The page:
Following this treatment, the zinc oxide-resin-dye coating in the non-imaged areas of the plate was removed by brushing with a 20% solution of ethanolamine. The plate was washed thoroughly and was allowed to dry. To provide for further crosslinking of the toner and the remaining zinc oxide-resin-dye coating, the etched plate was heated with a heat gun for one minute.
The resulting printing plate was tested on an AM-1250 printing press operating at 9600 pages/hour. Before the plate was mounted on the press, it was treated with a conversion solution to make the bare aluminum surface fully water receptive and the imaged areas fully ink receptive. Van Son's electrostatic conversion solution (Product V2021) when used in full strength was found suitable for this purpose. During the press run Lith-kem's PPC#1 (diluted 7 times in water) solution was used as a fountain solution, and Van Son's electrostatic VS157 black was used as the printing ink. One press run of the same plate over a period of three days produced 100,000 good-quality impressions with no visible deterioration of the image quality or the plate surface. FIG. 3(a) and 3(b) are photographs of the 400th and 100,000th impression produced using the printing plate of Example 4.
During the course of development of the present invention, coatings containing zinc oxide and a considerable number of different commercial binders were prepared in accordance with the procedure of Example 4. Table I summarizes the results of experiments, which were carried out to determine the electrophotographic and etching characteristics of the binders.
At the initial stage, considerable effort was given to make an etchable plate by using a mixture of Alcogum L-15 resin and DeSoto 312 resin (as described in Table I). The plate displayed satisfactory electrophotographic response and was readily etchable with weak alkaline solvents. However, the plate exhibited a very poor press life (good only for a few hundred copies), apparently because the coatings were slowly dissolved by the alcohol contained in the normal press fountain solution.
Similarly, some of the well-established electrophotographic binders obtained from DeSoto and Celanese were found to be unsuitable because none of them were etchable in mild basic solutions such as Na2 SiO3 ·9H2 O.
These experiments, however, identified that polyvinyl acetate multipolymeric materials produced by the Monsanto Chemical Company and in particular the resin designated as Monsanto 270T, have appropriate properties. Monsanto 270T is described as a self curing polyvinyl acetate-maleate copolymer dispersed in a blend of ethanol and toluene. A small amount of cure takes place upon drying at room temperature, but normally heat is used to accelerate the cure. The curing reaction imparts increased resistance to heat, moisture and solvents. The resin has carboxyl groups available for additional crosslinking with other materials. Accordingly, plates were prepared using Monsanto 270T as described in Example 4. Monsanto 270T was analyzed and found to have a composition similar to the random copolymer described in Example 1 hereinabove and in Example 4 of U.S. Pat. No. 3,317,453 (MacDonald et al.).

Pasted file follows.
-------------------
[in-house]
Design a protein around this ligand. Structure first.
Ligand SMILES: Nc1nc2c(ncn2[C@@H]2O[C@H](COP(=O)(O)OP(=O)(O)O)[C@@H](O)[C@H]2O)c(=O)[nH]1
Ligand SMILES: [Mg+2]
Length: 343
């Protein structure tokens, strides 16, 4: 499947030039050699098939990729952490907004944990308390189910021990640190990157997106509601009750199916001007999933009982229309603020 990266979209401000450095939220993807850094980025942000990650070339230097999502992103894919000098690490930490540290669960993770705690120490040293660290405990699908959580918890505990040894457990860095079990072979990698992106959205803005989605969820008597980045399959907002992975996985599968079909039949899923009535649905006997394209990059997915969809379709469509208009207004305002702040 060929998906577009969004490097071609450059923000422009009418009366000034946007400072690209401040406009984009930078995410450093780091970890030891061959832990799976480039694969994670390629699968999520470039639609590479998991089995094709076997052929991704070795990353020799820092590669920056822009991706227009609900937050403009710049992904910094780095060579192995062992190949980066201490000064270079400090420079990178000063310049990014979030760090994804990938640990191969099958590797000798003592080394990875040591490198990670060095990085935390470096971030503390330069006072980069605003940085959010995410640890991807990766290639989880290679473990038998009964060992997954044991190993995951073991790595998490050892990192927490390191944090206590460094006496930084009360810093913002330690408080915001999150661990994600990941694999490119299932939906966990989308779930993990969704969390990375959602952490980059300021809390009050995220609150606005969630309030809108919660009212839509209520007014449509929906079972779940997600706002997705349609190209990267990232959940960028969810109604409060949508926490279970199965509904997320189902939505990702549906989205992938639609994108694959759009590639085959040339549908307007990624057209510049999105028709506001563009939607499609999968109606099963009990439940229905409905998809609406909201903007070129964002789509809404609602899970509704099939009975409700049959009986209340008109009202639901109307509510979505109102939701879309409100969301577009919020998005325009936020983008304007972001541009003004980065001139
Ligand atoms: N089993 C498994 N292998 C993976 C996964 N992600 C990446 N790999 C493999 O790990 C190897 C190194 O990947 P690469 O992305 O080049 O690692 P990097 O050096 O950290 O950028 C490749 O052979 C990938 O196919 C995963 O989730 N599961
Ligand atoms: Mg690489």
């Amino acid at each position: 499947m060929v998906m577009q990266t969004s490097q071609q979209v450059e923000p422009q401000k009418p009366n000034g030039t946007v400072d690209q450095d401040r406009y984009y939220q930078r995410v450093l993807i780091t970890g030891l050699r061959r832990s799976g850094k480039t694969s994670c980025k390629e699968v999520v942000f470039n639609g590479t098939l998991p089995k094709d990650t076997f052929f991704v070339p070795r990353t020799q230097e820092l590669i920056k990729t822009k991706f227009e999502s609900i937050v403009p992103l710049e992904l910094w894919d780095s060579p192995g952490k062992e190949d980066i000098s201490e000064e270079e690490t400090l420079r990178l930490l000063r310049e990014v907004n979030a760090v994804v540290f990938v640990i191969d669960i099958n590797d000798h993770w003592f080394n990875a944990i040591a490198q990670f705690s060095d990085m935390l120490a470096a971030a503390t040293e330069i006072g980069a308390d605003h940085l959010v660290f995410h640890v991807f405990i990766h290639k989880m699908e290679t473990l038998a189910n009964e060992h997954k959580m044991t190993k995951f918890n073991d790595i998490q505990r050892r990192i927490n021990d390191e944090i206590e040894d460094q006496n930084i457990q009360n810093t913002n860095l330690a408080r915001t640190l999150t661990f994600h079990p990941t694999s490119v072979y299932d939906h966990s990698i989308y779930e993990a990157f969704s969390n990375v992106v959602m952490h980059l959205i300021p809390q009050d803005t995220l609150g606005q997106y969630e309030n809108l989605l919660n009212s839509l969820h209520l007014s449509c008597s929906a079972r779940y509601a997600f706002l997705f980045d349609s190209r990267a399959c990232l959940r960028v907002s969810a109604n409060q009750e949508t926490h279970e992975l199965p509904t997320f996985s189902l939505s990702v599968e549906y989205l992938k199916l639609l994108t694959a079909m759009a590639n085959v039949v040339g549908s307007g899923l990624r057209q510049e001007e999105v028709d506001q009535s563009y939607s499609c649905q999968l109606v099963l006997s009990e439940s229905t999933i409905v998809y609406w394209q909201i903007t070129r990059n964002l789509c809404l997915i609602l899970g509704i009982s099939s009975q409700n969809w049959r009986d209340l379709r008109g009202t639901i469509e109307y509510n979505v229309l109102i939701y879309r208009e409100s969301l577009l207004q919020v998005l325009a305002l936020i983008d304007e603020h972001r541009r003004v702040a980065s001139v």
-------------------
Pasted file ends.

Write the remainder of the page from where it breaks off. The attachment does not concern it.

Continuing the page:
TABLE 1______________________________________Electrophotographic Properties and EtchingCharacteristics of Commercially Available Resin Binders1 Electro- photographic Properties Charging/Polymeric Organic Dark Decay/Resin Binders Light Decay2 Comments3______________________________________Polyvinyl acetate V.P./-/- N.S.90%/Crotonic Acid 10%Vinyl alcohol 9%/ P/V.F./V.P. N.S.vinyl acetate 91%4Gantrez AN-8194 + G/E/E Not etchable in weakProduct 78 39455 + aqueous bases such asDes-3126 Na2 SiO3.9H2 OA-C copolymer 580 VP/-/- N.S. poor coating(acrylic acid 11%)7 mixtureA-C copolymer VP/-/- N.S. poor coating5120 (acrylic acid mixture16%)7Vicol 12618 + G/A/G Can be etched diluteDes-3126 (7:3) aqueous base but prepara- tion of proper coating mixture difficultAlcogum L-159 + G/G/G Etchable in dilute base;Des-3126 however during the press runs, the coatings dis- solved in the alcoholic fountain solutionMonsanto 269 G/E/E The mixture does not have good adhesion on Al plates and was difficult to etch.Monsanto 270T E/E/E See Example 4.______________________________________ FOOTNOTES TO TABLE 1 1 Unless otherwise specified 7:1 w/w ratio of zinc oxide binder was used. 2 P = Poor; V.P = very poor; F = fast; V.F. = very fast; A = adequate; G = good; E = excellent. 3 N.S. Not suitable because the electrophotographic properties were poor. 4 Scientific Polymer Products 5 Maleic Anhydride copolymer available from GAF and National Starch 6 A modified acrylic resin available from Desoto, Inc. 7 Allied Chemical Co. 8 North Chemical 9 L15 is an acrylic emulsion copolymer available from Alco Chemical Corp.
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|U.S. Classification||430/49.45, 430/96, 101/462, 430/89|
|International Classification||G03G5/05, G03G5/14, B41N1/14, B41C1/10, G03G13/28|
|Cooperative Classification||G03G5/0546, G03G13/28, G03G5/0542, G03G5/0592|
|European Classification||G03G5/05C2F, G03G13/28, G03G5/05C2D, G03G5/05C8|
|May 9, 1983||AS||Assignment|
Owner name: ALLIED CORPORATION, COLUMBIA RD. & PARK AVE., MORR
Free format text: ASSIGNMENT OF ASSIGNORS INTEREST.;ASSIGNORS:BHATTACHARJEE, HIMANGSHU R.;HOPF, FREDERICK R.;REEL/FRAME:004127/0314
Effective date: 19830505
|Feb 5, 1988||REMI||Maintenance fee reminder mailed|
|Jul 3, 1988||LAPS||Lapse for failure to pay maintenance fees|
|Sep 20, 1988||FP||Expired due to failure to pay maintenance fee|
Effective date: 19880703